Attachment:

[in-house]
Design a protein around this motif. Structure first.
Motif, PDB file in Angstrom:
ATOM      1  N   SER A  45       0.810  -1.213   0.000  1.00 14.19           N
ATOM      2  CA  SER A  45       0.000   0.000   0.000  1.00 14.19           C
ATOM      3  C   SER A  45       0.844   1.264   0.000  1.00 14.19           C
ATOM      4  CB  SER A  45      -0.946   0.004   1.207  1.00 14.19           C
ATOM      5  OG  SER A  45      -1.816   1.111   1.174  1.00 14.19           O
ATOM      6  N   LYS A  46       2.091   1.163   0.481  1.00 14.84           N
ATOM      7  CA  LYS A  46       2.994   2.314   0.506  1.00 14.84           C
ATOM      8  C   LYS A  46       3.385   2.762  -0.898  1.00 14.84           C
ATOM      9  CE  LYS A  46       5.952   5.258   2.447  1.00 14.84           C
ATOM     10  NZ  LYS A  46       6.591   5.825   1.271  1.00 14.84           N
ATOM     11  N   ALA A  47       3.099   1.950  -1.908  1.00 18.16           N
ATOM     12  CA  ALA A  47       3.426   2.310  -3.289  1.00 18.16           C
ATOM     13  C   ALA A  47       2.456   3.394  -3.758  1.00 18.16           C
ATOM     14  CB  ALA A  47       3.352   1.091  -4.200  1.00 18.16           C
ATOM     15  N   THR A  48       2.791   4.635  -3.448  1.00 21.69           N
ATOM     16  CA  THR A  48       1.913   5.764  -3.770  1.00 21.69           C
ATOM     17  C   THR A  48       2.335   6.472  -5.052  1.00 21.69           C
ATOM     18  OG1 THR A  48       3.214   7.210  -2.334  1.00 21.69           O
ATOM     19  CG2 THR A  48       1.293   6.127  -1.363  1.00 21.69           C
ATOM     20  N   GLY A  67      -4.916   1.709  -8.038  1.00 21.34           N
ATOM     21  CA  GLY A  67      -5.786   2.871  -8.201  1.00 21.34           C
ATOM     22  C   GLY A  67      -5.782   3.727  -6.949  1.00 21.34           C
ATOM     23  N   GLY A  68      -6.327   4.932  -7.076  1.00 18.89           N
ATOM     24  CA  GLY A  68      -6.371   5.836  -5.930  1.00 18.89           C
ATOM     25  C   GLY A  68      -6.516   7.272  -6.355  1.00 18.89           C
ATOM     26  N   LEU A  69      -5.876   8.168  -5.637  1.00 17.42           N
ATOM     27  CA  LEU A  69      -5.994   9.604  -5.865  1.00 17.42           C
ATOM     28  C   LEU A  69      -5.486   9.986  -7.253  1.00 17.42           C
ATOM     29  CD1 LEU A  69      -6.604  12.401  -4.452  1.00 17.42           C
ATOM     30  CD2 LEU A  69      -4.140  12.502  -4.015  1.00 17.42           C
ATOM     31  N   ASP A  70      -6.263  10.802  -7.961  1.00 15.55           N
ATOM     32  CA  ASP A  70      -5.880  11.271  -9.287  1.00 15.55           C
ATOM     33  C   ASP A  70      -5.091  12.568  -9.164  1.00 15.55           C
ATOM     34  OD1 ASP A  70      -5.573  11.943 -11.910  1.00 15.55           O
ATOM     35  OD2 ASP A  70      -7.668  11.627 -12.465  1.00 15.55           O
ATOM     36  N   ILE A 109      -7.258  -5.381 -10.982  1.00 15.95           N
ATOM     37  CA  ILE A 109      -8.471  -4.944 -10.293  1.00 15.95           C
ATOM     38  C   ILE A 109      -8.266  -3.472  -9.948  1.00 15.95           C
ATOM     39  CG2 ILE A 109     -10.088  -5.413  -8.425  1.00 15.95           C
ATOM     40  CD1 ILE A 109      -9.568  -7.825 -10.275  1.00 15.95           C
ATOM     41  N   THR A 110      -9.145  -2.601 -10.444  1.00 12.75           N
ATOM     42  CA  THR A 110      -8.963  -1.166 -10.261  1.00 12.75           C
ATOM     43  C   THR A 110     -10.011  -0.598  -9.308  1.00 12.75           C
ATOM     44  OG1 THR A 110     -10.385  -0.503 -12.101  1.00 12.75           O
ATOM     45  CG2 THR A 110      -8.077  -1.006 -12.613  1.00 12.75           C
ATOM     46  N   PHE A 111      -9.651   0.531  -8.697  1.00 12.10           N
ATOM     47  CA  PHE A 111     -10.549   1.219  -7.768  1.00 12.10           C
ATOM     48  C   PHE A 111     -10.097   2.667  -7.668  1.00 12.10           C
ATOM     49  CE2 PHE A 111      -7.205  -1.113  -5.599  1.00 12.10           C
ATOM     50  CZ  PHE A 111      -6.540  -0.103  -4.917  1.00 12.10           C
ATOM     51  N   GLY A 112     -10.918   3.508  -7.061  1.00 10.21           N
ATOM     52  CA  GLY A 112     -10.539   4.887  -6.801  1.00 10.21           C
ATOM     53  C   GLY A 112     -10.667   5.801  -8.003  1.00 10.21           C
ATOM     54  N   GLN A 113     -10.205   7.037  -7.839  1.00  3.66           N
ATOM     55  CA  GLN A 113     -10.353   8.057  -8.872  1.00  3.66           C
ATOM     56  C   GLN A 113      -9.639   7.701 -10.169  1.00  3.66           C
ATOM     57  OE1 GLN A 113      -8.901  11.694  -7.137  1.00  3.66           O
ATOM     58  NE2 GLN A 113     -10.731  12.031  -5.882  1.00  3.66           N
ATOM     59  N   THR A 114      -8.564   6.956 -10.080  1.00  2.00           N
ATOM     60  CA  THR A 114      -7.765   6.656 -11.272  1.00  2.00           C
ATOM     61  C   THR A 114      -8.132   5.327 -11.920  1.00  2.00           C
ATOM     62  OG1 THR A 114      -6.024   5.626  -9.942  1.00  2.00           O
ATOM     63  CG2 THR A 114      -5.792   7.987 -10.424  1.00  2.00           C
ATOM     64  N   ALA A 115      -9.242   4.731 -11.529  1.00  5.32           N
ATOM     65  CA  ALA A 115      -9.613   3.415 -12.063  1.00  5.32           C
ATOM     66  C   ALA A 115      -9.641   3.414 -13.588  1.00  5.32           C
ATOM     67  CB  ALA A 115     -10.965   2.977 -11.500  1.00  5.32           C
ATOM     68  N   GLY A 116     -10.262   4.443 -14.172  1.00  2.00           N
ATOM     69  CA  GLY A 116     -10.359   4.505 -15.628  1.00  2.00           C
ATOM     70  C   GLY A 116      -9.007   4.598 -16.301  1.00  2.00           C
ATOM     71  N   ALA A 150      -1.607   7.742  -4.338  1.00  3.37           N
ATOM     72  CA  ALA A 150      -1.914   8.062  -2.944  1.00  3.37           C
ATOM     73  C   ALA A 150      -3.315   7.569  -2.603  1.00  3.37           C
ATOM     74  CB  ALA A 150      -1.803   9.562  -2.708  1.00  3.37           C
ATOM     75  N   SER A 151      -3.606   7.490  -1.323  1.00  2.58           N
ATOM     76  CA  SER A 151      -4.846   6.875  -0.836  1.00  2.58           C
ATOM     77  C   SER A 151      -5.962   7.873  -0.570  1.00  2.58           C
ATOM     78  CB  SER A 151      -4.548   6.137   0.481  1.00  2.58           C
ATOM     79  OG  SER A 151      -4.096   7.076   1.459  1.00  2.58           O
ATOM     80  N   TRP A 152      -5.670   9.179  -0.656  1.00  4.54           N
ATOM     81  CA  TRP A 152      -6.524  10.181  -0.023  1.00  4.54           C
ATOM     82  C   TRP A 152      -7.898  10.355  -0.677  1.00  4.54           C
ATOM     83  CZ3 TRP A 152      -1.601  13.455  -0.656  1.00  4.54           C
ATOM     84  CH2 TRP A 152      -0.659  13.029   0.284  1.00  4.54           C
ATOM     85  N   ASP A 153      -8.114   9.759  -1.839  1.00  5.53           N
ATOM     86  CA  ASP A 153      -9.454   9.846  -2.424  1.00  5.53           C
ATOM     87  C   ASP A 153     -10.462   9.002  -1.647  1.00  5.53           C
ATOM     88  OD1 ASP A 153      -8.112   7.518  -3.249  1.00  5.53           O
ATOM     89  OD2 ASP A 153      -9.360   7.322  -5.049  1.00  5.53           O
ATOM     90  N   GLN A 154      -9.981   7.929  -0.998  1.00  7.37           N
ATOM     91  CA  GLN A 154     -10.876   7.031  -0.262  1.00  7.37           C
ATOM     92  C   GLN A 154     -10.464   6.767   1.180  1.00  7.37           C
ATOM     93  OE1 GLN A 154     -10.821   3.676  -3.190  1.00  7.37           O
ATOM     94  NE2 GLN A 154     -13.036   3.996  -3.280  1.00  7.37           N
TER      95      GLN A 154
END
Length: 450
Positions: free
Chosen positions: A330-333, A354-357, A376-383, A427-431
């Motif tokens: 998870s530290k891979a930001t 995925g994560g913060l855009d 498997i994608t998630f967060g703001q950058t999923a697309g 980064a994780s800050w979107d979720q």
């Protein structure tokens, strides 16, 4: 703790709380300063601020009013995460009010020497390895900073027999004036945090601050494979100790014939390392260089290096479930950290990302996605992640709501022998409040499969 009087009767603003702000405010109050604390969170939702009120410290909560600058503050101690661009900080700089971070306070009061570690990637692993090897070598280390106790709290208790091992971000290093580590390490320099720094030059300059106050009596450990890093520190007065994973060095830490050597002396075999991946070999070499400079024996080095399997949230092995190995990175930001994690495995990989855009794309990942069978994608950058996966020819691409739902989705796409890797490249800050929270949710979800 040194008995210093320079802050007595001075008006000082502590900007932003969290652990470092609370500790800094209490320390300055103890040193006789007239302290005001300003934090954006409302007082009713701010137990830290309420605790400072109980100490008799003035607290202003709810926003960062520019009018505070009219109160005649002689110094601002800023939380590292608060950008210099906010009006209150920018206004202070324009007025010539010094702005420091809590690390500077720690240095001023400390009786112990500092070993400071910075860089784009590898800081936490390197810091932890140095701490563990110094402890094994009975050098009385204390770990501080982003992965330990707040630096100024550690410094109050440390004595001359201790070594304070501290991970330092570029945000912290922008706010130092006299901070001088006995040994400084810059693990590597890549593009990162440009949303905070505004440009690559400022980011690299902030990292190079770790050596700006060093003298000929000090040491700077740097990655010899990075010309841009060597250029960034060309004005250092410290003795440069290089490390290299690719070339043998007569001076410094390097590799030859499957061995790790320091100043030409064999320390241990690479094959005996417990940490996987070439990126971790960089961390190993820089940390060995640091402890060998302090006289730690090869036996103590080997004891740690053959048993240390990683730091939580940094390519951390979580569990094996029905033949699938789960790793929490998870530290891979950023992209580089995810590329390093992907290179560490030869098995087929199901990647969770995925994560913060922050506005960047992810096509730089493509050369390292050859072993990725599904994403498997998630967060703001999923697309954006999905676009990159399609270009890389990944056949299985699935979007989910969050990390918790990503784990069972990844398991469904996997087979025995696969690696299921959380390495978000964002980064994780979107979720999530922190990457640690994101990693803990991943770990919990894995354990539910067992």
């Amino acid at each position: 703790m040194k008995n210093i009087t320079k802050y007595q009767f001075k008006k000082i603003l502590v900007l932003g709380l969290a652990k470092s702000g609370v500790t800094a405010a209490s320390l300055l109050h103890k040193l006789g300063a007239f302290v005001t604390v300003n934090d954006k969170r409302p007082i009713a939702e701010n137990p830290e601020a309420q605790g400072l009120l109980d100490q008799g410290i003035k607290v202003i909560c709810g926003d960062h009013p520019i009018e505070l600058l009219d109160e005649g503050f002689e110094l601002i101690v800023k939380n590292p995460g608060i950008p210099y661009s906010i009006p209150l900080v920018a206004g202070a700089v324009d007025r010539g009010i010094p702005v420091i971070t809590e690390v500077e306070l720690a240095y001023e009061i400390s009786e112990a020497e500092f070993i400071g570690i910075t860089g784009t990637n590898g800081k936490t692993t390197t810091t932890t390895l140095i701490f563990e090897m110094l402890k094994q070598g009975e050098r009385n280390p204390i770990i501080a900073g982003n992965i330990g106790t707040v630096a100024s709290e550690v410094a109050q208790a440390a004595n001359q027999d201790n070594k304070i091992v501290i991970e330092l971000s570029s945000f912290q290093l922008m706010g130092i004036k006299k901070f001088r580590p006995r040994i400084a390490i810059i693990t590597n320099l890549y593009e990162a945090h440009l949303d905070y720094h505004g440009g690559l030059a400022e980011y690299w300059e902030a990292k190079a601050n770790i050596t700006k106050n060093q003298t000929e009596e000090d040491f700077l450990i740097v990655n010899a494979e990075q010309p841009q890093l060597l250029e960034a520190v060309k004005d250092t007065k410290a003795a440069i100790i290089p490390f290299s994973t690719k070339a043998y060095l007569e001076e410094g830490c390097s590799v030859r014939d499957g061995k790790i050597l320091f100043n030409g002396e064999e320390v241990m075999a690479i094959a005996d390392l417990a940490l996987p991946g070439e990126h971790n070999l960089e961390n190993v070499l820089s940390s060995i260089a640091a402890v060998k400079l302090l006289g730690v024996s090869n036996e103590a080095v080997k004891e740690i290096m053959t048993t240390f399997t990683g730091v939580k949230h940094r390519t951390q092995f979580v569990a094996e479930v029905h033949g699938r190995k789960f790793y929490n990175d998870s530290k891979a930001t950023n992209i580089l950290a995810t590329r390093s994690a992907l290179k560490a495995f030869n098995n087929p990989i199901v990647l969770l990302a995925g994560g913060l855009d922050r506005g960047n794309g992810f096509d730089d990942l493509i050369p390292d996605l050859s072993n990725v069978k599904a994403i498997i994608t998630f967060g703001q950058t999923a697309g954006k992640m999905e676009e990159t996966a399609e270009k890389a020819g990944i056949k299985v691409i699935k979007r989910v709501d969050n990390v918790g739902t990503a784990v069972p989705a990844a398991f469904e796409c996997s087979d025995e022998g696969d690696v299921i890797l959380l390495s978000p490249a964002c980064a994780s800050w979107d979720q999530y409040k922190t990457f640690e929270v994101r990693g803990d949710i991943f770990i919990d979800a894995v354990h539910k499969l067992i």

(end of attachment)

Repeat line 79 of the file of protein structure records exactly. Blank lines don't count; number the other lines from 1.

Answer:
ATOM     76  CA  SER A 151      -4.846   6.875  -0.836  1.00  2.58           C